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English (Writing and Literature) Departmental Research Guide

Website Evaluation Tools

www evaluating websites

evaluating websites

Check the Web Domain!

Check the web domain of your websites for the fastest way to determine the likelihood of a credible resource!  Some domains have gatekeeper functions which restricts the type of site which can be included.  This means webpages with the domains .edu, .gov and others are more likely to be reliable sources.

Web Domains in Scholarly Research

Where does your source come from?

Generally Reliable

Government  (.gov or .mil) - Government websites end in .gov  are among the most reliable sources on the web.  BUT beware of political sites, their intent is usually used to sway public opinion.

University (.edu) - University web sites end in .edu, are usually reliable.  

Less Reliable

Company Websites (.com) - Company web sites generally end in .com. These sites are great for information about a particular company. However be aware that company websites are used to promote, so be sure the information is non-biased.

Special Interest (.org) - While many professional organizations end in .org, there are also many .orgs that are biased and promote a specific agenda.


CRAPP test
Evaluating Information:  Applying the CRAAP Test
(Borrowed from Meriam Library - California State University, Chico)

When you search for information, you're going to find lots of it...but is it good information? You will have to determine that for yourself, and the CRAAP Test can help. The CRAAP Test is a list of questions to help you evaluate the information you find. Different criteria will be more or less important depending on your situation or need.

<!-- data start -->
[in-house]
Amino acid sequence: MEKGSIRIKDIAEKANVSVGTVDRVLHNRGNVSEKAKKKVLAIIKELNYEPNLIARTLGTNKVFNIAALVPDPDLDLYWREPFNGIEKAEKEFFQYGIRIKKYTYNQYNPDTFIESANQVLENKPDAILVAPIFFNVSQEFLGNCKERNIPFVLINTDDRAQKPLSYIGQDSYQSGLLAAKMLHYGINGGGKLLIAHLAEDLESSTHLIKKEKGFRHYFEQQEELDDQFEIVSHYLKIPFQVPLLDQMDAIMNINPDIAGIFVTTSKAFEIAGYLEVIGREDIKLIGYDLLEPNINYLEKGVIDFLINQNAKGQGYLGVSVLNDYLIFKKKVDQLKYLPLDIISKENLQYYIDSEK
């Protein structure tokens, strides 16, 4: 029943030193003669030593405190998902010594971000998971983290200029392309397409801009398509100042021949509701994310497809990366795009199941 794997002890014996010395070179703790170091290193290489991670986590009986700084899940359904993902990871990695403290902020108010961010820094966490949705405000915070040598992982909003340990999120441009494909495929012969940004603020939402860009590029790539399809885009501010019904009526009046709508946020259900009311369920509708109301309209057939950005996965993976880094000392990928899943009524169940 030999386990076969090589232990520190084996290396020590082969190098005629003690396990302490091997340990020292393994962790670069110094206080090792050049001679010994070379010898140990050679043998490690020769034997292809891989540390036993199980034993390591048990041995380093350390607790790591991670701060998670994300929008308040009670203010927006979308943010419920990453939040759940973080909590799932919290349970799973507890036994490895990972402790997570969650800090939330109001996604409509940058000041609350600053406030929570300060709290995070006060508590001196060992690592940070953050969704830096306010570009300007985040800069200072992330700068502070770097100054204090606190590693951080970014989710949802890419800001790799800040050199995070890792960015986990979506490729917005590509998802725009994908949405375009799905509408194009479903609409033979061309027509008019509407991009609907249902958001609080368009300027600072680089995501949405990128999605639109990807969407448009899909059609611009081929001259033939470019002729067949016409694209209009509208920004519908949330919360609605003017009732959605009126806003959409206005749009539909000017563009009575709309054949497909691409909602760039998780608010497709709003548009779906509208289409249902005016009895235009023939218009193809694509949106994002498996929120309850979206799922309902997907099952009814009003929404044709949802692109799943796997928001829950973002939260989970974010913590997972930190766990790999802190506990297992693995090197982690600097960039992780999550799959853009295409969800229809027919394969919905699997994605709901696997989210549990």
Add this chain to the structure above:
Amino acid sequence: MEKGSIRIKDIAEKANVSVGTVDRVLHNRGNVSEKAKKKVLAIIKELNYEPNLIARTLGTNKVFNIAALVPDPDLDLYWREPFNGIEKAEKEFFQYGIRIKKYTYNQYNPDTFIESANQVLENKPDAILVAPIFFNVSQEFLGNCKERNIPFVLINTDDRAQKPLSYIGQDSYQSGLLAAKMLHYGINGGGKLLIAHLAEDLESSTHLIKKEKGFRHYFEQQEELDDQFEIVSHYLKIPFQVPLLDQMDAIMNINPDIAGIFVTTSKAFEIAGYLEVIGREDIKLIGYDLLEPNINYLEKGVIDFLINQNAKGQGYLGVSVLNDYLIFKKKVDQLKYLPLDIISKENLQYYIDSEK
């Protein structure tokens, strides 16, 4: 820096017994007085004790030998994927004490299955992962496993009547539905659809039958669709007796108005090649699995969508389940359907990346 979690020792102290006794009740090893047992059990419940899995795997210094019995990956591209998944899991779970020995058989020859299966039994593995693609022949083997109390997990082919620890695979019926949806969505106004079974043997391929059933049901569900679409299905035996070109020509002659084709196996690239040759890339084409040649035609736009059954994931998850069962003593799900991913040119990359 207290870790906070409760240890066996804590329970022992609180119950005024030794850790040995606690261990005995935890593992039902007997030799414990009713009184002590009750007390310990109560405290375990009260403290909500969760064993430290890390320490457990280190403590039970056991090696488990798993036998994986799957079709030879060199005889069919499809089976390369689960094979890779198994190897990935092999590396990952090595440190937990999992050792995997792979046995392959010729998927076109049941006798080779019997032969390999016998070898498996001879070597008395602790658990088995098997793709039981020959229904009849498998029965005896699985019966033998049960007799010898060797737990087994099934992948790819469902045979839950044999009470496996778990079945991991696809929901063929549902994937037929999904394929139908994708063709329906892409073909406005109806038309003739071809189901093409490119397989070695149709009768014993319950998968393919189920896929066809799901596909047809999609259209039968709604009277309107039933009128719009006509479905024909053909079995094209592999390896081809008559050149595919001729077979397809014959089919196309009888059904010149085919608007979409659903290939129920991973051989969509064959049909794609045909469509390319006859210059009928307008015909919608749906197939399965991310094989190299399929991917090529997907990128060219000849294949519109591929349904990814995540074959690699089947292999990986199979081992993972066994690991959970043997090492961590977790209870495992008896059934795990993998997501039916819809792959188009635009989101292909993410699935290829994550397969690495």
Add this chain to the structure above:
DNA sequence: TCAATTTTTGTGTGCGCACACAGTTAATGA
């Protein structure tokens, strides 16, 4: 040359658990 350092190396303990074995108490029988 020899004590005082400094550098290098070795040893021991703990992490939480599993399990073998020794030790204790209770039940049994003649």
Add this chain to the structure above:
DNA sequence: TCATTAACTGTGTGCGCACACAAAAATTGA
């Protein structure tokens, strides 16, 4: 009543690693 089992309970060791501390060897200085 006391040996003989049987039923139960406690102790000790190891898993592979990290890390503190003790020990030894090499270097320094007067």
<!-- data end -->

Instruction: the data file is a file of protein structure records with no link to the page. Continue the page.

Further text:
Evaluation Criteria

CurrencyThe timeliness of the information.

  • When was the information published or posted?
  •  Has the information been revised or updated?
  • Does your topic require current information, or will older sources work as well?
  • Are the links functional?

RelevanceThe importance of the information for your needs. 

  • Does the information relate to your topic or answer your question?
  • Who is the intended audience?
  • Is the information at an appropriate level (i.e. not too basic or too advanced for your needs)?
  • Have you looked at a variety of sources before determining this is one you will use?
  • Would you be comfortable citing this source in your research paper?

AuthorityThe source of the information.

  • Who is the author/publisher/source/sponsor?
  • What are the author's credentials or organizational affiliations?
  • Is the author qualified to write on the topic?
  • Is there contact information, such as a publisher or email address?
  • Does the URL reveal anything about the author or source?  Examples: .com .edu .gov .org .net

AccuracyThe reliability, truthfulness and correctness of the content.

  • Where does the information come from?
  • Is the information supported by evidence?
  • Has the information been reviewed or refereed?